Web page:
2018 Five Star Reads

There’s been a lot of “my least favourite reads from last year” books but I didn’t want to add to those. I don’t think that kind of negative thinking is good when you’re looking back on the year.

I feel like I’m quite late with my 5* reads post from last year. I wanted to really make sure every book I gave top marks to, was one I was still happy to endorse as such.

Luckily, I agreed with 2018 Aoife, and the majority of my 5* reviews stayed.

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Review: I Was Born For This by Alice Oseman

Challenge criteria: A book nominated for an award in 2018

Blurb:

For Angel Rahimi, life is only about one thing: The Ark – a pop-rock trio of teenage boys who are currently taking the world by storm. Being part of The Ark’s fandom has given her everything – her friendships, her dreams, her place in the world.

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Review: How to Stop Time by Matt Haig

Challenge criteria: A book about time travel.

Blurb:

“The first rule is that you don’t fall in love, ‘ he said… ‘There are other rules too, but that is the main one. No falling in love. No staying in love. No daydreaming of love. If you stick to this you will just about be okay.'”

A love story across the ages – and for the ages – about a man lost in time, the woman who could save him, and the lifetimes it can take to learn how to live
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Review: The Little Shop of Happy Ever After by Jenny Colgan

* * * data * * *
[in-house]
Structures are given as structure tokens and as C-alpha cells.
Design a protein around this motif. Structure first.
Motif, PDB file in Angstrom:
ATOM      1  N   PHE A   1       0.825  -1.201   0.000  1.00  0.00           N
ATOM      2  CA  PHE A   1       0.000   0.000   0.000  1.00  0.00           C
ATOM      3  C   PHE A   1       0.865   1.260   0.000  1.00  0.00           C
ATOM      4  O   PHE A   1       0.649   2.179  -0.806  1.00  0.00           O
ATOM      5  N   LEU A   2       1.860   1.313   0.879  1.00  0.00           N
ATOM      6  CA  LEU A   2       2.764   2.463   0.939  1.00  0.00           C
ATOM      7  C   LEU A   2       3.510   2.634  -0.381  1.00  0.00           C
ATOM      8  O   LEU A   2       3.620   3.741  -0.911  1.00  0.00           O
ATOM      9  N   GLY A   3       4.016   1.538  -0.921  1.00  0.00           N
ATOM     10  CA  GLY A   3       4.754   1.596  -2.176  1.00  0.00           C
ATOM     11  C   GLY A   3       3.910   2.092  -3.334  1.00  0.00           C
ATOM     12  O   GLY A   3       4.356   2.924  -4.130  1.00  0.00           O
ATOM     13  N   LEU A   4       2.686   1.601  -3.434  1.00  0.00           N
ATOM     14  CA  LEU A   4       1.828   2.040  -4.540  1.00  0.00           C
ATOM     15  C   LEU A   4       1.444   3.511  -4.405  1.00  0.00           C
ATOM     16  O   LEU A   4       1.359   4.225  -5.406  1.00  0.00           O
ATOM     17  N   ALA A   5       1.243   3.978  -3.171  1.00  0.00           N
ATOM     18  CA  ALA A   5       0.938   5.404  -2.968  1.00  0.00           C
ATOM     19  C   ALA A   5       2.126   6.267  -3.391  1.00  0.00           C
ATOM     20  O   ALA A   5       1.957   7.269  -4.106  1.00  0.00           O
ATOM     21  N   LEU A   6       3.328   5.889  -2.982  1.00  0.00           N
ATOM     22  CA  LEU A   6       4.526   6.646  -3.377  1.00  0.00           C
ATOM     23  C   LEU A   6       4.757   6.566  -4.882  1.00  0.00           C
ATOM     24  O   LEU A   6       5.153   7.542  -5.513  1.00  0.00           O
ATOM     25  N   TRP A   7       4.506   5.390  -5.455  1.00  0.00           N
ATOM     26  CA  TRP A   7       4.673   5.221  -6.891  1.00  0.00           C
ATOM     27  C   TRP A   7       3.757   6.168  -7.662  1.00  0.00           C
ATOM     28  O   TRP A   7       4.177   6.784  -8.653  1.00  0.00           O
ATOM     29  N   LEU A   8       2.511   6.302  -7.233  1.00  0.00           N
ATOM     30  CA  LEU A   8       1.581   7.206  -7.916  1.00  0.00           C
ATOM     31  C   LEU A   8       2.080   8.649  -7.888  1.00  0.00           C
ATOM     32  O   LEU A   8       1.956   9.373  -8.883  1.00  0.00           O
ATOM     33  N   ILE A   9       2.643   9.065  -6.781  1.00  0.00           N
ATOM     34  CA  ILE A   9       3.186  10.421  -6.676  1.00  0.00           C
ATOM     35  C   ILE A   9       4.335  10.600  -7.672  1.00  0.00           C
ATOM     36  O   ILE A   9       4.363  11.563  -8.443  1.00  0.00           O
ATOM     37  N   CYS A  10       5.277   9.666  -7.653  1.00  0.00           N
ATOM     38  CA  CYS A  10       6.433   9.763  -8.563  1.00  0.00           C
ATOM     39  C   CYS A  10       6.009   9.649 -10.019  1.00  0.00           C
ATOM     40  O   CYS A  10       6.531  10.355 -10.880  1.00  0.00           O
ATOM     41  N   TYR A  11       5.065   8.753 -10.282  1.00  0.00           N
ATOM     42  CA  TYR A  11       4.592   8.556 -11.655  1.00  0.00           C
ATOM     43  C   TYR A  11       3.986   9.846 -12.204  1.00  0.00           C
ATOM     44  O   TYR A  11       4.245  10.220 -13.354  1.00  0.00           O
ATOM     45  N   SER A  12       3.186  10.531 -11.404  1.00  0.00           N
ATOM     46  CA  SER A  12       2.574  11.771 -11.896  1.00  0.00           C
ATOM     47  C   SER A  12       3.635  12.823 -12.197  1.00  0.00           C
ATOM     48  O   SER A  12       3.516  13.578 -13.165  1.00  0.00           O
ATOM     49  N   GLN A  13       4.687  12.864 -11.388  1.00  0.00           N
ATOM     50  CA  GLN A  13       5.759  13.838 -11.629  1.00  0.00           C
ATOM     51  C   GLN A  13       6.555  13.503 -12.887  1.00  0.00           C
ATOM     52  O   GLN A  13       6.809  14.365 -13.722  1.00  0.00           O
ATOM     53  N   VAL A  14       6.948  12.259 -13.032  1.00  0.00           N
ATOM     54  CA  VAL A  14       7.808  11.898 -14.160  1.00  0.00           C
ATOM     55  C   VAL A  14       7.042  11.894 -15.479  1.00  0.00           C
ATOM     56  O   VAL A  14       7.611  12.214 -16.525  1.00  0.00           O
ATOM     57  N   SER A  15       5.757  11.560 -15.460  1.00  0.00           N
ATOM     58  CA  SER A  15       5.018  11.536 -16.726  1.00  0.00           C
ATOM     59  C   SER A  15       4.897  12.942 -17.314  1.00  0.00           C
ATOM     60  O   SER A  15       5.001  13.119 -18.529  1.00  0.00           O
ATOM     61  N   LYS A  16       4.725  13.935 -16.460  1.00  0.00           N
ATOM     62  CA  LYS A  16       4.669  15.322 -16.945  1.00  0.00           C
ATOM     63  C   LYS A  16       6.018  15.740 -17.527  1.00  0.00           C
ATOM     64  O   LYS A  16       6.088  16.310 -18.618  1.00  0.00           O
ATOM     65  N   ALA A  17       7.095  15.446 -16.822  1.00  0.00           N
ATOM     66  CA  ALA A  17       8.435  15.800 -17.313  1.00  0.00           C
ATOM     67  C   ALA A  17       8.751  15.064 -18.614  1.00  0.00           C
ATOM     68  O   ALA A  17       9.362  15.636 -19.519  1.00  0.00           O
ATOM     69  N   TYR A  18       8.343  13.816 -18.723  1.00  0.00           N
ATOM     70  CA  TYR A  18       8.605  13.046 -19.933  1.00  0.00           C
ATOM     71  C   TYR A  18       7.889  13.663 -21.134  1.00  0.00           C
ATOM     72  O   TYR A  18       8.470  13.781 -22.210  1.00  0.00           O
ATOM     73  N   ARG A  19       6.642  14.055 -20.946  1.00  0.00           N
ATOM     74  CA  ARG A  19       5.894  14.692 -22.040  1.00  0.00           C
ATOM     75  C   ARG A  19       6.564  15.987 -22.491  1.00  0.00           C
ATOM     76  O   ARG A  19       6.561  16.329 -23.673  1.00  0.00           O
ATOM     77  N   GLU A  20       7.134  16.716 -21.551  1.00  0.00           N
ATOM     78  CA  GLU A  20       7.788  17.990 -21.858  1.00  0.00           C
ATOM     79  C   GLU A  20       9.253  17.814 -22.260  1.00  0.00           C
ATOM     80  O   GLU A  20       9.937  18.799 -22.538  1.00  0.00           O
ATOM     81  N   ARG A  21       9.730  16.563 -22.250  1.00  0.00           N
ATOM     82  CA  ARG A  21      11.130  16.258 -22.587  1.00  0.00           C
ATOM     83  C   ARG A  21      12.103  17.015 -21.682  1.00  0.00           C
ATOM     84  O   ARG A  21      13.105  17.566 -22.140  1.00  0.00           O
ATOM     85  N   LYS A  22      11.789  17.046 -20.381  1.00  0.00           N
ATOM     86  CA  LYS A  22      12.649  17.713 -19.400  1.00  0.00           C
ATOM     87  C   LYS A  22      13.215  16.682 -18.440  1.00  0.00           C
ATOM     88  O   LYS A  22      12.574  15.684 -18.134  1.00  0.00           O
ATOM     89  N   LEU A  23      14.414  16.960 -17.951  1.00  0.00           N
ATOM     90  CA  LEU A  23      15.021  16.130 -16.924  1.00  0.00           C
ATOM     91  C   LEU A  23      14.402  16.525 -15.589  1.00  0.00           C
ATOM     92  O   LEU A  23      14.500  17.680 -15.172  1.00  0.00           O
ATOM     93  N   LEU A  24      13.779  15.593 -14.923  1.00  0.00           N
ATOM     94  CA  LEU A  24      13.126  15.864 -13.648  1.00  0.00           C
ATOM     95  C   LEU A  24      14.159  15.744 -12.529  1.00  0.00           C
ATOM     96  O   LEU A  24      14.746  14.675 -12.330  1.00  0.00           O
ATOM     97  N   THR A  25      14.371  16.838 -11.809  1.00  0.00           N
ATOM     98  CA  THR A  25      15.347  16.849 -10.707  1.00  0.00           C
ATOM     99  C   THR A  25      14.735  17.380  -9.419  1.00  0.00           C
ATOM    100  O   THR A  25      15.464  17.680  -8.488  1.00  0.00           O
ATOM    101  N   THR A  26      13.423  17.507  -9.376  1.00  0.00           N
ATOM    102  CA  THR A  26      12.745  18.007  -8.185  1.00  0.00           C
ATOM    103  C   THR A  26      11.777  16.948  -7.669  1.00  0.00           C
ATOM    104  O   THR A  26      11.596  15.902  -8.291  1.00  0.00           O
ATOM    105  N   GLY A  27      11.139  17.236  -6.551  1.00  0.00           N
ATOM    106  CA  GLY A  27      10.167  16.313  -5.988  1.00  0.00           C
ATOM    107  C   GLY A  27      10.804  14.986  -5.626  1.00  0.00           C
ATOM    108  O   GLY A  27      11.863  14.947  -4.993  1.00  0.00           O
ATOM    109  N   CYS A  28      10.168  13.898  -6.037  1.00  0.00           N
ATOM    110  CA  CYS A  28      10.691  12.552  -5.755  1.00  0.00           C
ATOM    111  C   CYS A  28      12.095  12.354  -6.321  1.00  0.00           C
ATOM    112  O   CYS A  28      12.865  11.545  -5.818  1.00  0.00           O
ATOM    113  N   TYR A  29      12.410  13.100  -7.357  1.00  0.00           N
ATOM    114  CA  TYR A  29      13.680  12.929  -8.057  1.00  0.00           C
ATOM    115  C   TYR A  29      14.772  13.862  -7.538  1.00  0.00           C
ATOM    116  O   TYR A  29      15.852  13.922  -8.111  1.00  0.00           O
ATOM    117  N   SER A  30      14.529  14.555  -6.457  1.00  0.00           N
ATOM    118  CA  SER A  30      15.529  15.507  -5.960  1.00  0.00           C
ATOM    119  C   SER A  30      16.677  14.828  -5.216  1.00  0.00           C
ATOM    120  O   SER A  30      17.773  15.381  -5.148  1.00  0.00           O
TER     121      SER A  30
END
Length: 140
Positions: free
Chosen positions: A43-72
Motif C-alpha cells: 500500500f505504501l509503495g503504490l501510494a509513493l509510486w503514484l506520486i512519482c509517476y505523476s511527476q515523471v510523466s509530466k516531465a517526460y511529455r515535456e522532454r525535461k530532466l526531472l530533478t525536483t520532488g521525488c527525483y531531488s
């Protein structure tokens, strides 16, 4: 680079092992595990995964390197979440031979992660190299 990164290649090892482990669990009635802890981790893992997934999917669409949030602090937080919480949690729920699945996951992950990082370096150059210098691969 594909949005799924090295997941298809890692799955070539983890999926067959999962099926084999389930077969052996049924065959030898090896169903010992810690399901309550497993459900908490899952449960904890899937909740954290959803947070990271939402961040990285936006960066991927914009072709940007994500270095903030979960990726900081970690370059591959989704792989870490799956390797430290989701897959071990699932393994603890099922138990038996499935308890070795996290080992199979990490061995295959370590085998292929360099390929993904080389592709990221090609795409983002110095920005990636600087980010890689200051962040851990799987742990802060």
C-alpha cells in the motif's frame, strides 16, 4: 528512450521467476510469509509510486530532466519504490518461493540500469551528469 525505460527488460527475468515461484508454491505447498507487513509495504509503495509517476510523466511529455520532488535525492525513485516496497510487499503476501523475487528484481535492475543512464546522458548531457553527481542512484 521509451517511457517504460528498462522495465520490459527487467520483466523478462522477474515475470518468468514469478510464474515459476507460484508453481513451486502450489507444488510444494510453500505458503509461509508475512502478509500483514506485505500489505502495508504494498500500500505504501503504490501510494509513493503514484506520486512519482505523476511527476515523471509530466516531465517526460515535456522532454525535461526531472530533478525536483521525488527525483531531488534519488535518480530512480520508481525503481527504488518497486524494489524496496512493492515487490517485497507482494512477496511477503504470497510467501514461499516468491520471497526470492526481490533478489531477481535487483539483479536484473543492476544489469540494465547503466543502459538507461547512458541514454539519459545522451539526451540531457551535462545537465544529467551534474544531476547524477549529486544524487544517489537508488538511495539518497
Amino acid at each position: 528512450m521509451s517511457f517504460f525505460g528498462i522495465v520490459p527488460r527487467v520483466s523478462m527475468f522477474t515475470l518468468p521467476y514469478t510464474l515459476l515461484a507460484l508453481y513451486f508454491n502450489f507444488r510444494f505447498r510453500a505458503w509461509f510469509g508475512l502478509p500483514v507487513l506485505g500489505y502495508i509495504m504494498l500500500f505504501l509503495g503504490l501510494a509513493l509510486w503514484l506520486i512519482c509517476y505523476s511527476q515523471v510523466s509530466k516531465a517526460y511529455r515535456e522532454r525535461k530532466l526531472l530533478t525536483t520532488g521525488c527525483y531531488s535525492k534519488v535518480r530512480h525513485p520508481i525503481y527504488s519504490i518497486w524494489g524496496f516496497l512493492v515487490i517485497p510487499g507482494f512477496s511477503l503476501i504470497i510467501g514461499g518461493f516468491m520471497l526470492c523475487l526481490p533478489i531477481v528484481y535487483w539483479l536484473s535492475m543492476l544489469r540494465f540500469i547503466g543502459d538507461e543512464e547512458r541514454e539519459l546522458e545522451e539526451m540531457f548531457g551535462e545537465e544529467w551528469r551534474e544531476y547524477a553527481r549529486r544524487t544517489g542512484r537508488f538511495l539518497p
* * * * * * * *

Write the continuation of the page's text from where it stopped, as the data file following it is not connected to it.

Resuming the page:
Challenge criteria: A book that involves a bookshop/library

Blurb:

Given a back-room computer job when the beloved Birmingham library she works in turns into a downsized retail complex, Nina misses her old role terribly – dealing with people, greeting her regulars, making sure everyone gets the right books for their needs. Then a new business nobody else wants catches her eye: owning a tiny little bookshop bus up in the Scottish highlands.

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Review: Happier Thinking by Lana Grace Riva

Challenge criteria: A book you can read in a day

Disclaimer: I was sent a copy of this book for review by the author. This has in no way influenced my opinion of the book, nor the outcome of this review.

Blurb:

Changing how you think is possible. I wasn’t always so sure that was true until I experienced it myself, but I know now we don’t have to just accept unhappiness. Not always anyway. This book is my collection of tips and suggestions that have helped me achieve happier thinking. It’s sort of a gym for my mind. I’d love to tell you it was easier than the real gym but well… it’s not really. It takes time, effort, and practice but it’s absolutely well worth the rewards.

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